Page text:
« Maddie »

So much can change with just one phone call. 

For Cheryl and Steve Tomasko and their young daughter Maddie, the call they received on April 7th, 2011 while driving to Kentucky will never be forgotten.  The Tomaskos were told Maddie had leukemia and needed to be admitted to the hospital immediately.  The Michigan family turned around, drove straight to Helen DeVos Children’s Hospital in Grand Rapids, and Maddie began multiple 3 hour sessions of chemotherapy.  Maddie’s cancer resisted the chemo, and her only hope for survival was a bone marrow transplant.

A second call was made – this time to a complete stranger from New Jersey.  Stephanie Pezzello was home on break from Moravian College in Bethlehem, PA, and at the mall with her sisters.  She didn’t recognize the number on her cell, but fortunately answered the call from the National Marrow Donor Program (NMDP).  Stephanie learned she was a potential match for an 11-year old girl.  Stephanie had joined the NMDP’s Be The Match® Registry a year earlier at a college registry drive organized by fellow athletes from the football team.  At the drive, Stephanie did a quick cheek swab, provided health and contact information, and learned that transplants between strangers may be the only lifesaving treatment option for patients with leukemia, lymphoma and 70 other blood related diseases.  However, even with 10 million people on the Registry, exact matches only occur 4 out of 10 times.  She hoped she would be a match, but figured the odds were against her.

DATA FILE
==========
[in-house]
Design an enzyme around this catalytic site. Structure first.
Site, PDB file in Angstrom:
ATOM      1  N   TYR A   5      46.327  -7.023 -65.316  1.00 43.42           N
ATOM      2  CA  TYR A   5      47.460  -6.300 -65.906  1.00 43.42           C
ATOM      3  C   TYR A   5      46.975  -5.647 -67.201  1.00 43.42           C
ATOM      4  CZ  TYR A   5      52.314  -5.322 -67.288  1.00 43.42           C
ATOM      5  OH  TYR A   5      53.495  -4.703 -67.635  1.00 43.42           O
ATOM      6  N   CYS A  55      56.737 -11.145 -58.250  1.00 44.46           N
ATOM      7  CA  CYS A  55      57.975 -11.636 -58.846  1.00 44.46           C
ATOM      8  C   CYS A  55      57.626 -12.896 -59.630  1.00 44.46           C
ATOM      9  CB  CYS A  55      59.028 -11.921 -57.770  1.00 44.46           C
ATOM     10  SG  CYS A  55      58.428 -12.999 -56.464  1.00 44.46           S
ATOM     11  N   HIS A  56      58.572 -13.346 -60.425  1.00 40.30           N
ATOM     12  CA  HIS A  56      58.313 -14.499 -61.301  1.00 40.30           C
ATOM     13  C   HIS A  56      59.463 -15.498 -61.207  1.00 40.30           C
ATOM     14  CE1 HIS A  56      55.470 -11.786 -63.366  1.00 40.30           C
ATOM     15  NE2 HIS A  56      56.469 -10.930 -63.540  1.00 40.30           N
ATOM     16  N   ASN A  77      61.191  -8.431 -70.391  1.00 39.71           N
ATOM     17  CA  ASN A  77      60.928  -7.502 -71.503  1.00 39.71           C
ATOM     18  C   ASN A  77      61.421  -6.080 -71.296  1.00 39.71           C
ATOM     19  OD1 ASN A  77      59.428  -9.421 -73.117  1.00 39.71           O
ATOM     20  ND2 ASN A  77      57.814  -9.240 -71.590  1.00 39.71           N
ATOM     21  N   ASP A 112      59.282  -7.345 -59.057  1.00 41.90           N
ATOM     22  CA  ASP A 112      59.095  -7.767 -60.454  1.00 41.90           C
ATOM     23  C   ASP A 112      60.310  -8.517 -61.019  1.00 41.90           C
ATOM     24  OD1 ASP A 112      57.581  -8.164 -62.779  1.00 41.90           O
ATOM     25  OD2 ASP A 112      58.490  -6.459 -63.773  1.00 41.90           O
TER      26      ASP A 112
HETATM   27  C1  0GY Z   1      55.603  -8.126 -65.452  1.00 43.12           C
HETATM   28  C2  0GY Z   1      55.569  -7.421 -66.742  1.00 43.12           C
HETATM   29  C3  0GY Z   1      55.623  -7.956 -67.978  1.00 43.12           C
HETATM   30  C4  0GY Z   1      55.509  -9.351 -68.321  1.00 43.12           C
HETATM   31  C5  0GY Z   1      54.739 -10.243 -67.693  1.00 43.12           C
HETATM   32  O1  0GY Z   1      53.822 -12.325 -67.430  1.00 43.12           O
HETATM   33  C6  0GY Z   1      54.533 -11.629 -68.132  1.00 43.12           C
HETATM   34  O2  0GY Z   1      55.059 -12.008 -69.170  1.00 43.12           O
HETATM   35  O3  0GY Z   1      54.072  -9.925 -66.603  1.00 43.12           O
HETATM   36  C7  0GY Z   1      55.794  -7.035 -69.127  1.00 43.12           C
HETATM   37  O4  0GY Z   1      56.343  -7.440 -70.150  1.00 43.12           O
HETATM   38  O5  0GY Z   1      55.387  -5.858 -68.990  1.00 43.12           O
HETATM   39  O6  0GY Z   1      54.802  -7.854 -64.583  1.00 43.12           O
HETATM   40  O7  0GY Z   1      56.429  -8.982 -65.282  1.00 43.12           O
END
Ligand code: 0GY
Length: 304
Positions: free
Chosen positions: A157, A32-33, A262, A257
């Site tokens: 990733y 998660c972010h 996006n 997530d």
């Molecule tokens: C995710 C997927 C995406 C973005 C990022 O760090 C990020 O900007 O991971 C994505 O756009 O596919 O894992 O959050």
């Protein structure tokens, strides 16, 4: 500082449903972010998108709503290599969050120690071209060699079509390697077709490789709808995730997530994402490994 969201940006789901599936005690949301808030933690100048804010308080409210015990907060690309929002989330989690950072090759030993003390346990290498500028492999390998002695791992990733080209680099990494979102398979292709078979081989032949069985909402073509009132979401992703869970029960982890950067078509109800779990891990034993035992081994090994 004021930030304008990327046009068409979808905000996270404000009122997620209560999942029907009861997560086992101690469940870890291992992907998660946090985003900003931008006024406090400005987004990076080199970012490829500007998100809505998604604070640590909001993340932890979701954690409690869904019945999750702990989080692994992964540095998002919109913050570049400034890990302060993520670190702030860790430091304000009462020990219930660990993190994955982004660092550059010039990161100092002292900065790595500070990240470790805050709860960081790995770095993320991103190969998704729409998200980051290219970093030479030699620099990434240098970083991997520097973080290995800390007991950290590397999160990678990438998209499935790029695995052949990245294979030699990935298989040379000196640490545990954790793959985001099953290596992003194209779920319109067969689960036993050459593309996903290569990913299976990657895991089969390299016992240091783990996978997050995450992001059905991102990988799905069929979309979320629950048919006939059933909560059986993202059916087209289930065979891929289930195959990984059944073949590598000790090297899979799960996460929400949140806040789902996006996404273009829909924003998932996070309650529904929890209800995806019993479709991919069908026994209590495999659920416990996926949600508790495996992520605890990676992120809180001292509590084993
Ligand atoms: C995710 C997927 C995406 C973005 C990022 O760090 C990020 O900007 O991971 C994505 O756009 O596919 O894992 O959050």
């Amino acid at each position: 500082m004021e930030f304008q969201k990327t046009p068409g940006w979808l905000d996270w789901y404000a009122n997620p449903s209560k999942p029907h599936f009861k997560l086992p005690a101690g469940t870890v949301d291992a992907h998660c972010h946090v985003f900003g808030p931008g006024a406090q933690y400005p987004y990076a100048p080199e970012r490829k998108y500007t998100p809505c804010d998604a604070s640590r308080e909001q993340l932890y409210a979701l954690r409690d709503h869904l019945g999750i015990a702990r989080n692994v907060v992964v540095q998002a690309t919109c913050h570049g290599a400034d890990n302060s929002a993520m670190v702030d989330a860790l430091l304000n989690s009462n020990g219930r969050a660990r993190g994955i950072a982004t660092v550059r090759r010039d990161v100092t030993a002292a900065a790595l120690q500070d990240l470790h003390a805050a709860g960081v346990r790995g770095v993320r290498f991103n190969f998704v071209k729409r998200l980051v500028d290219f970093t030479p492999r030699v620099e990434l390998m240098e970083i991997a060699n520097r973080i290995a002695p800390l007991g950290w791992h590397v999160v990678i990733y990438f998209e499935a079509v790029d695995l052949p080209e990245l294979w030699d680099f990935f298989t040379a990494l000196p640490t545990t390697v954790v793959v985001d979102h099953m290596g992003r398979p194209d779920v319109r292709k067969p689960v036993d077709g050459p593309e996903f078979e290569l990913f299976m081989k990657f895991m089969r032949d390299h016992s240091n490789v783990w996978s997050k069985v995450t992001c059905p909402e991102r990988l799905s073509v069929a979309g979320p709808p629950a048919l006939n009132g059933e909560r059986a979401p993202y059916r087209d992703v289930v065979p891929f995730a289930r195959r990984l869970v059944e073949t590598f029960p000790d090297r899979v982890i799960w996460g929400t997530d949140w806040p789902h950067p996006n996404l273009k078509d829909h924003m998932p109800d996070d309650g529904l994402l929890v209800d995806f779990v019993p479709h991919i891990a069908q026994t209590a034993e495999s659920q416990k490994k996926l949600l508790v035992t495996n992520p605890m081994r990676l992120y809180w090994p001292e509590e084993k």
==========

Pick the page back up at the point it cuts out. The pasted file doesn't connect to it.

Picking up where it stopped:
Fortunately for Maddie, they weren’t.  Maddie’s three younger brothers were tested to see if they were a match for the transplant she desperately needed. They were not.  In fact, according to Barbara Hile, Program Manager for Michigan Blood’s Marrow/Stem Cell Program, “Patients needing blood stem cell (marrow) transplants can only find a suitable match within their family about 30% of the time. The remaining 70% of matches are made between complete strangers via the Be the Match Registry.

Another ‘never to be forgotten’ phone call was made. 

Diana Pezzello was on her way to work as a nurse in Manhattan when her daughter Stephanie called.  Diana understands the critical nature of a bone marrow transplant – and what would be involved for her then 20-year old daughter.  She recalls, ‘from the moment we were told Stephanie was an exact match, we were completely invested in a girl we didn't know and her family.  Our entire focus was on keeping Stephanie healthy because a little girl was being prepared for a bone marrow transplant and if something happened to Stephanie that would have been devastating to her.”